Tuesday, February 6, 2018

Flight path from college to United cockpit with Metropolitan State University of Denver partnership



DENVER —United Airlines has partnered with Metropolitan State University of Denver to put students on a clear flight path to the United cockpit.

"It really helps a student see where they’re going and provides motivation to finish out their classes, their studying and all of training," Bill Jones said. The 19-year-old first-year sophomore at MSU Denver first explored the possibility of piloting when he was only 16 years old. 

He's one of many who are excited to get involved in this new Career Path Program (CPP).

"The biggest thing it can get me is a seat at United," Jones said.

The legacy airline will be the first in the U.S. to create a direct path with a university aviation department. This agreement is different from other regional carriers that have offered students pilot recruitment programs in the past.

CPP is aimed at addressing the growing need for new pilots and creating an additional pipeline for well-trained United pilots.

"There has never been a better time to get into aviation than now," Jones added.




An estimated 32,000 pilots are needed each year on a global level just to meet the demands of basic air travel, according to Boeing.

"There are several factors that have fed into that shortage, that go well back towards the 2000s," Kevin Kuhlmann said. He's an MSU Denver professor and the department's associate chairman.

Kuhlmann mentioned the FAA's mandatory retirement extension, from 60 years old to 65, and the agency's expanded certificate requirements that followed.

In the past, Denver7 viewers have pointed to the high cost of pursuing aviation as a deterrent. 

"Deciding to go into this career field is definitely an investment in yourself," Kuhlmann said.

From a student's perspective, Jones said, "Yes, it’s an expensive career to get into, but the payoff in the end is leaps and bounds above any struggle that you’re going to have to put in in the beginning."

Students are looking at a pilot price tag of anywhere between $100,000 and $300,000.

Kuhlmann added, "I think anybody on Wall Street would take a $200,000 investment, with the promise of $6+ million in return, just in salary." 

Salaries that students would see slightly sooner, with the help of CPP. As students will start an integral interview process while still in school.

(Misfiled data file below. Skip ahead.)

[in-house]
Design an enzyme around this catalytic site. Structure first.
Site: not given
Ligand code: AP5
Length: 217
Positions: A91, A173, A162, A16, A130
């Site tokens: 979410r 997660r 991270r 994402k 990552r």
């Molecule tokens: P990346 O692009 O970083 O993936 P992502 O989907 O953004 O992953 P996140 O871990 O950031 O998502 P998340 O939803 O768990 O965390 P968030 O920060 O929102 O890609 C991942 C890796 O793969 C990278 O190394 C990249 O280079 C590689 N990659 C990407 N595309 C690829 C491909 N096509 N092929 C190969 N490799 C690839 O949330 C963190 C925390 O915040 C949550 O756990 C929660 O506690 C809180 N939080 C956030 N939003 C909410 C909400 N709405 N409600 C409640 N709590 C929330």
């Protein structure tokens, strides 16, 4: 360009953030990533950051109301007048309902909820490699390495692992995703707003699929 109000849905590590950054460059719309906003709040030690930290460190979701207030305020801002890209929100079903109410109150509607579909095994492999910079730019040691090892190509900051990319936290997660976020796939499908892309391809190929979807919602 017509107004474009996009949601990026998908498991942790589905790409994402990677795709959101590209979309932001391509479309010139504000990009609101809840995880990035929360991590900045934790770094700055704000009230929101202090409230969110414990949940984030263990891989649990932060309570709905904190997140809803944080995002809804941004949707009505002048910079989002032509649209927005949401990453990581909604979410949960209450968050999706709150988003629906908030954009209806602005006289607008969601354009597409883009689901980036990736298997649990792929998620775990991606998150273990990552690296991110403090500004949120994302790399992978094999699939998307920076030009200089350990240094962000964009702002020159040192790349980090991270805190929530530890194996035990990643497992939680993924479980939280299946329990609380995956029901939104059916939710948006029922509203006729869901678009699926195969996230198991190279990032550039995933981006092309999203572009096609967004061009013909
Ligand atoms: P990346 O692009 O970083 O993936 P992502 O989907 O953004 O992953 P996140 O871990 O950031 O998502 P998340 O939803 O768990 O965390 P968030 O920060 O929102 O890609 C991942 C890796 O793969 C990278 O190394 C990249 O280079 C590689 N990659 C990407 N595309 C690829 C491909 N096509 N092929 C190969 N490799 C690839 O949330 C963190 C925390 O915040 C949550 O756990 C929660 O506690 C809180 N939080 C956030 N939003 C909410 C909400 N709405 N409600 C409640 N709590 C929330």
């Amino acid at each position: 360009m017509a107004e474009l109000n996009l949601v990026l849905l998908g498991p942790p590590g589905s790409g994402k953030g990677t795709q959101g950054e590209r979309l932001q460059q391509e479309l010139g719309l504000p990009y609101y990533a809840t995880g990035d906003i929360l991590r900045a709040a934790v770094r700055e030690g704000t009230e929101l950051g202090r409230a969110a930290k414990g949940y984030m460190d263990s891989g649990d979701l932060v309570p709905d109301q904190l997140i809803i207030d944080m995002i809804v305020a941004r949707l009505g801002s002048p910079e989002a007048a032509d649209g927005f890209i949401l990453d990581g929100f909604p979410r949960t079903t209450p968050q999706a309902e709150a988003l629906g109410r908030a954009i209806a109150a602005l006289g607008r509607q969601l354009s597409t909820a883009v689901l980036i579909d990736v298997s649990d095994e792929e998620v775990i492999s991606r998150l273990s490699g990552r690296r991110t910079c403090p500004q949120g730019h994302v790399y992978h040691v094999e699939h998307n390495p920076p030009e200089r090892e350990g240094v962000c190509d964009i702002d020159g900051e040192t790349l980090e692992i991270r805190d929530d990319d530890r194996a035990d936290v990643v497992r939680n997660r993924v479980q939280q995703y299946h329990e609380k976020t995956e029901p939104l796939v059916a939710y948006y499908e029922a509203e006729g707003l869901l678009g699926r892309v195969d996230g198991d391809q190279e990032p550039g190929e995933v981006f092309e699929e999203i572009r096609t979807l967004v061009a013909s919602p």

Through the program, students are given the option to transition from MSU Denver to United after meeting several specific requirements.

“The career path program helps us to operate our fleet efficiently and continue to provide great service to our customers,” Captain Mike McCasky with United Airlines said. “Additionally, it provides talented students like the ones at MSU Denver with the opportunity to join a global airline that is focused on providing the best experience for our customers while being part of a great team.”

Students can apply for consideration into the CPP in the Fall 2018 semester. 

The minimum requirements to be considered for the CPP interview process include: 


At least two semesters in the professional flight officer program.
Commercial pilot certificate and instrument rating.
Maintain full-time status with 3.0 cumulative GPA in aviation courses. 

Story, video and photo gallery:  https://www.thedenverchannel.com

North American AT-6A Texan, N7055D, registered to and operated by the pilot: Fatal accident occurred March 23, 2016 in Astoria, Clatsop County, Oregon

Irene Kazuko Mustain


John McKibbin


The National Transportation Safety Board traveled to the scene of this accident.

Additional Participating Entity: 
Federal Aviation Administration / Flight Standards District Office; Hillsboro, Oregon

Aviation Accident Factual Report - National Transportation Safety Board: https://app.ntsb.gov/pdf

Investigation Docket - National Transportation Safety Board: https://dms.ntsb.gov/pubdms

J Simpson McKibbin Company Inc: http://registry.faa.gov/N7055D 



Location: Astoria, OR
Accident Number: WPR16FA087
Date & Time: 03/23/2016, 1542 PDT
Registration: N7055D
Aircraft: NORTH AMERICAN AT 6A
Aircraft Damage: Destroyed
Defining Event: Loss of control in flight
Injuries: 2 Fatal
Flight Conducted Under:  Part 91: General Aviation - Personal